The Art of perception: Marilyn Murphy’s art is celebrated as she retires from teaching

The Observers, 2006, graphite on paper, 30 by 22 inches

The Observers, 2006, graphite on paper, 30 by 22 inches

At the end of the spring 2017 semester, after 37 years of teaching Vanderbilt undergraduates drawing and painting, Professor of Art Marilyn Murphy will retire.

From the beginning Murphy has brought an interesting point of view to her artwork, one expressed in her Realism Subverted exhibit, now on view at Vanderbilt University Fine Arts Gallery through March 3. And while the exhibit title is an accurate description of her art, with its obvious sense of humor and depictions of baffling actions by 1950s-era men and women, she spent her time in the classroom teaching those of us* lucky enough to take her classes how to see.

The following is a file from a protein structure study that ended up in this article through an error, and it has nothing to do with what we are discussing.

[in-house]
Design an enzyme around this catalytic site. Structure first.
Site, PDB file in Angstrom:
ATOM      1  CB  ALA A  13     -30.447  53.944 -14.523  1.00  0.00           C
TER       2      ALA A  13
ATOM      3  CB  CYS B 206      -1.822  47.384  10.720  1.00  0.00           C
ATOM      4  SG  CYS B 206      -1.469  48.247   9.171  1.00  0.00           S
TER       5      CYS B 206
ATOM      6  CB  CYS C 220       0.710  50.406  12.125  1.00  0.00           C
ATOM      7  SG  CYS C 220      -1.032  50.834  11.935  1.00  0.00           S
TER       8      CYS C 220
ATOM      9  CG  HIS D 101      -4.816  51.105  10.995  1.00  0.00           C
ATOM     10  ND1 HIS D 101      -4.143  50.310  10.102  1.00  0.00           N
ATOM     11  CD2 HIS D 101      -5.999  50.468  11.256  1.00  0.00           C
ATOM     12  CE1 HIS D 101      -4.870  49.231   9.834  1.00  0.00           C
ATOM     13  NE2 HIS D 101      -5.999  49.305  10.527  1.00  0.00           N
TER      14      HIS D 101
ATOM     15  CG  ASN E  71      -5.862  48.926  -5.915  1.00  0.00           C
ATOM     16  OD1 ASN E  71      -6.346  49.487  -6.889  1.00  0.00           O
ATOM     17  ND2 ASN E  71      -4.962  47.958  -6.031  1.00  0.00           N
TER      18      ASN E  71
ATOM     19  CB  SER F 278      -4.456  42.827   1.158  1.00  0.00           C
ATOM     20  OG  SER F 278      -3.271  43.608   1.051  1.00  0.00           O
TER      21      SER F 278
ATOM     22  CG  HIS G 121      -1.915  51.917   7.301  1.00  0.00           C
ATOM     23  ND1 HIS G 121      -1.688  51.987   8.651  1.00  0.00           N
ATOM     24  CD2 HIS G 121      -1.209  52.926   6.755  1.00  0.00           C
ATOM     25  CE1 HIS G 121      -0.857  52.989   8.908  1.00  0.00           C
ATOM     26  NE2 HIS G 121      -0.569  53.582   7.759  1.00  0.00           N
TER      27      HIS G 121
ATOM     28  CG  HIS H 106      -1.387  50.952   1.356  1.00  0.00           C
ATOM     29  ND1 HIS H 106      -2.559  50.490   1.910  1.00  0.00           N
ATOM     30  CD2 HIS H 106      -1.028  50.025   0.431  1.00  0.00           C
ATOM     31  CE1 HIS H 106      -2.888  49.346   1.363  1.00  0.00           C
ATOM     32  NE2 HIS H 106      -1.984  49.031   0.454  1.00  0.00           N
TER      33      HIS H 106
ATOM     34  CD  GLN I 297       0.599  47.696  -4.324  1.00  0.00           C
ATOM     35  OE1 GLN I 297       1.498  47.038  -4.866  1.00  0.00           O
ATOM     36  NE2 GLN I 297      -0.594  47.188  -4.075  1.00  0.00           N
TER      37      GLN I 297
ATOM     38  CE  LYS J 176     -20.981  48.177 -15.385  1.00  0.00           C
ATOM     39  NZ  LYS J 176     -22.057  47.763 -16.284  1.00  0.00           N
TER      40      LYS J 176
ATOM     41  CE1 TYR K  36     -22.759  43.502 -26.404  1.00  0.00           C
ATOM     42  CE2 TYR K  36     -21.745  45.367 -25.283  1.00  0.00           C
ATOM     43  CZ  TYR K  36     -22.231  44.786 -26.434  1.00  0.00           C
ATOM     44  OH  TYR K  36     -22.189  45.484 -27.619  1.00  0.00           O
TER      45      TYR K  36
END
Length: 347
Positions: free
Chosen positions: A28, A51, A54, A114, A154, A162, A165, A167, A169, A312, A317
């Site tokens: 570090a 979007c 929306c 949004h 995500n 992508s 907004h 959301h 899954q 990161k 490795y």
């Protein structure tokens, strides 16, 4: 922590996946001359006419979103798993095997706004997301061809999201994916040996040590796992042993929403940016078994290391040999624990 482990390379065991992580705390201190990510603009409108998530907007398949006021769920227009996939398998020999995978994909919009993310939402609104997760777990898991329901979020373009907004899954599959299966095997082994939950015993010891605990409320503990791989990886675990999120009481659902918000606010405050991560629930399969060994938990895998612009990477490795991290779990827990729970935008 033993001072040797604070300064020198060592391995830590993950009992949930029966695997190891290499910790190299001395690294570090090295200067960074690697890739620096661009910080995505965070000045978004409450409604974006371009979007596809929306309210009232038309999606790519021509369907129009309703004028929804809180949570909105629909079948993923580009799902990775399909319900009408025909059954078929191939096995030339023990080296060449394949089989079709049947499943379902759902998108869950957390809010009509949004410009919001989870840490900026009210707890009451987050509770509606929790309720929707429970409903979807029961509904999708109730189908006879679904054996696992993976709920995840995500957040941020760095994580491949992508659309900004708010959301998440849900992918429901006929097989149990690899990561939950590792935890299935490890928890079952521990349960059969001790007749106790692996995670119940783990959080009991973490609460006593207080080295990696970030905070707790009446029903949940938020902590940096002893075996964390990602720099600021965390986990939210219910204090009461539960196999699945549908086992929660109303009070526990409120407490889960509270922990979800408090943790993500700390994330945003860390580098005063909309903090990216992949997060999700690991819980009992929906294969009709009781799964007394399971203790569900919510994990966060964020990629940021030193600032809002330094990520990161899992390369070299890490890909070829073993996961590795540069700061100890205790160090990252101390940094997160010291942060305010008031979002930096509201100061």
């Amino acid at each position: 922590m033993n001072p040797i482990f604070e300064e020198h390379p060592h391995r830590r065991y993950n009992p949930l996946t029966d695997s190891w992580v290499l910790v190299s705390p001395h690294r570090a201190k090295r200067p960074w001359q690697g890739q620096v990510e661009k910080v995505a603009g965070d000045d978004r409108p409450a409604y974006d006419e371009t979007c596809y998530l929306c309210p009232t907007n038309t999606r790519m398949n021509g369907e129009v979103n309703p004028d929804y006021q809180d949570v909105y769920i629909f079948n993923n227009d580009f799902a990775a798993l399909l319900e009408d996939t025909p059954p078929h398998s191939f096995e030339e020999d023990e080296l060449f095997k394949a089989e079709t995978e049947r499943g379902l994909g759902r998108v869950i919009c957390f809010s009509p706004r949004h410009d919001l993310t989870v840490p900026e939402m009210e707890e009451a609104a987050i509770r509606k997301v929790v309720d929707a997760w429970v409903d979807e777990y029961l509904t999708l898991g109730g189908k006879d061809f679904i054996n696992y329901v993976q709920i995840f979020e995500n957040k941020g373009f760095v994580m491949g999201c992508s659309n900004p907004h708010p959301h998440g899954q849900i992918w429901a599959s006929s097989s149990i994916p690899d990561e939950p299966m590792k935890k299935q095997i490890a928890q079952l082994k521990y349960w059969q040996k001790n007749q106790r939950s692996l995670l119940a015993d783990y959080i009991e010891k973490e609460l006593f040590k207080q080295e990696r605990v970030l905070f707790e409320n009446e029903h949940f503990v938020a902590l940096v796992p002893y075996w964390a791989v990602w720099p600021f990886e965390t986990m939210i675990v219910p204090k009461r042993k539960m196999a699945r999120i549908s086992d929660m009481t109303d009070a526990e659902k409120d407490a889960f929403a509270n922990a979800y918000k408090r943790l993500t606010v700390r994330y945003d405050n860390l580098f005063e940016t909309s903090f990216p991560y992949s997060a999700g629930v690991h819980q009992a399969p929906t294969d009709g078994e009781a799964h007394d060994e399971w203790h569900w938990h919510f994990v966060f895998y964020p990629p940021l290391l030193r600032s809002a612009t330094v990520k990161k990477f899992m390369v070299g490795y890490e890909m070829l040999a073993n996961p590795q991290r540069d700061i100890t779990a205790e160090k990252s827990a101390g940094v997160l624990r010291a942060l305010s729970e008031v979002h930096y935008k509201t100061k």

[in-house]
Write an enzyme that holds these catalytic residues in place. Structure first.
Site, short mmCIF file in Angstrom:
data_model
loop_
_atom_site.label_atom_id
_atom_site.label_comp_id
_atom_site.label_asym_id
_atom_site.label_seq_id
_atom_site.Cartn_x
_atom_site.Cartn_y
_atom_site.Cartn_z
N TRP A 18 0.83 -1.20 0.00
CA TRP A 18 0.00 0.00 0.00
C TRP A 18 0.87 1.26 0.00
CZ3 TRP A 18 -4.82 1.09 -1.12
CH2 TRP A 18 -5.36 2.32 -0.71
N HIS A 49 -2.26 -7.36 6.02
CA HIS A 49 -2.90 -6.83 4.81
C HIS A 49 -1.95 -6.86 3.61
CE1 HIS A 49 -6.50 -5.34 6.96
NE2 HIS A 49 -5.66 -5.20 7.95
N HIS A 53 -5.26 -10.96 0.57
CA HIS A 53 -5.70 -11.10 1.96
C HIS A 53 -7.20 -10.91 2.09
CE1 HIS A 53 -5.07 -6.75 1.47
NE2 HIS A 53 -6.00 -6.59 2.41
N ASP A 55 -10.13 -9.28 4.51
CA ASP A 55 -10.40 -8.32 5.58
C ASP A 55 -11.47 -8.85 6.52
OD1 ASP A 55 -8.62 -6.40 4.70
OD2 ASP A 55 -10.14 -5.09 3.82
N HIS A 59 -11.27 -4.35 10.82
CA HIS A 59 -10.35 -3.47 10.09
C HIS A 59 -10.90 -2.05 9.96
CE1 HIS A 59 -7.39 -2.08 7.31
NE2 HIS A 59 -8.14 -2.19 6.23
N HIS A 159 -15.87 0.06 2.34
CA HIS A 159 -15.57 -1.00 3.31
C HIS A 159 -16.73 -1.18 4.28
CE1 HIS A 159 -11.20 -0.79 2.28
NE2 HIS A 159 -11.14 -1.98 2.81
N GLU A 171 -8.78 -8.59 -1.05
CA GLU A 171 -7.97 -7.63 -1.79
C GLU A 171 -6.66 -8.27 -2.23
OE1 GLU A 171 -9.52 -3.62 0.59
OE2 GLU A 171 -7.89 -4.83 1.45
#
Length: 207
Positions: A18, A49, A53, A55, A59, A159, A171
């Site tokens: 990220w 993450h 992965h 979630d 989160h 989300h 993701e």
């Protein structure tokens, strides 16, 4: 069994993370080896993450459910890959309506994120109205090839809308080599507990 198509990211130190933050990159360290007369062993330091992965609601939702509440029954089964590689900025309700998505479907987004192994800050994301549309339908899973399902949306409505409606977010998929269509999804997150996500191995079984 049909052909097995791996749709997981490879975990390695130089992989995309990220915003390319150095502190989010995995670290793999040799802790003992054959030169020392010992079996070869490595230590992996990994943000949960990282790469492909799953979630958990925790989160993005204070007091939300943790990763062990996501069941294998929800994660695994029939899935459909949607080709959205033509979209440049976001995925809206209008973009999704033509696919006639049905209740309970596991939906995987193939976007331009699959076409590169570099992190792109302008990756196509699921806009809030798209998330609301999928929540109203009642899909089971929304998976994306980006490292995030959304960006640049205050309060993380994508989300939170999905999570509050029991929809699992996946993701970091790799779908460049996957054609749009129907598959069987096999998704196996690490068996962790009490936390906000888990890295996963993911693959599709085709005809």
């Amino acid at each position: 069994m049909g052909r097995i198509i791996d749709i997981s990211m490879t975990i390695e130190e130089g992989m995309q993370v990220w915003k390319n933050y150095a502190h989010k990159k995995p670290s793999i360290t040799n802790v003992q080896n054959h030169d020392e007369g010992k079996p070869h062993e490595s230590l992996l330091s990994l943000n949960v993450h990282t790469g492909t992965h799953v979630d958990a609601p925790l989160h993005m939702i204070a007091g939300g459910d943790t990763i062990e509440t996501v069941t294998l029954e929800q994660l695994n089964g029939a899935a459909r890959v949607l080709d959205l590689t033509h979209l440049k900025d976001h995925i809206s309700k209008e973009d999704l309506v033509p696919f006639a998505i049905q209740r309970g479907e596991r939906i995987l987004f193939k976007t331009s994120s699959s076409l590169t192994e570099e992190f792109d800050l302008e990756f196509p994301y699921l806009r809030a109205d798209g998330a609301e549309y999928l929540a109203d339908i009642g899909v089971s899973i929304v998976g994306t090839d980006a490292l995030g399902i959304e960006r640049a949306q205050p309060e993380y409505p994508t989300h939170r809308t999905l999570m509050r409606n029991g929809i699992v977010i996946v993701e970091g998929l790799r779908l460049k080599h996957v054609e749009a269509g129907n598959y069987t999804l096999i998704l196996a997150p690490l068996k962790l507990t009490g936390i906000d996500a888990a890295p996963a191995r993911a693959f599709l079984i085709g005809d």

She taught students how to harness their ideas and transform them into expressions on a blank piece of paper or canvas. She taught us how to blend shades and colors to heighten the viewer’s perception—or the student’s—as a concept evolved. She taught us how to talk about artwork and creativity during critiquing sessions so that our visual and verbal languages coalesced. Realism subverted? No, rather, a mentor gained.

Thank you, Marilyn Murphy.

*Arts and Culture Editor Bonnie Arant Ertelt, BS’81, took several classes from Murphy as an undergraduate.


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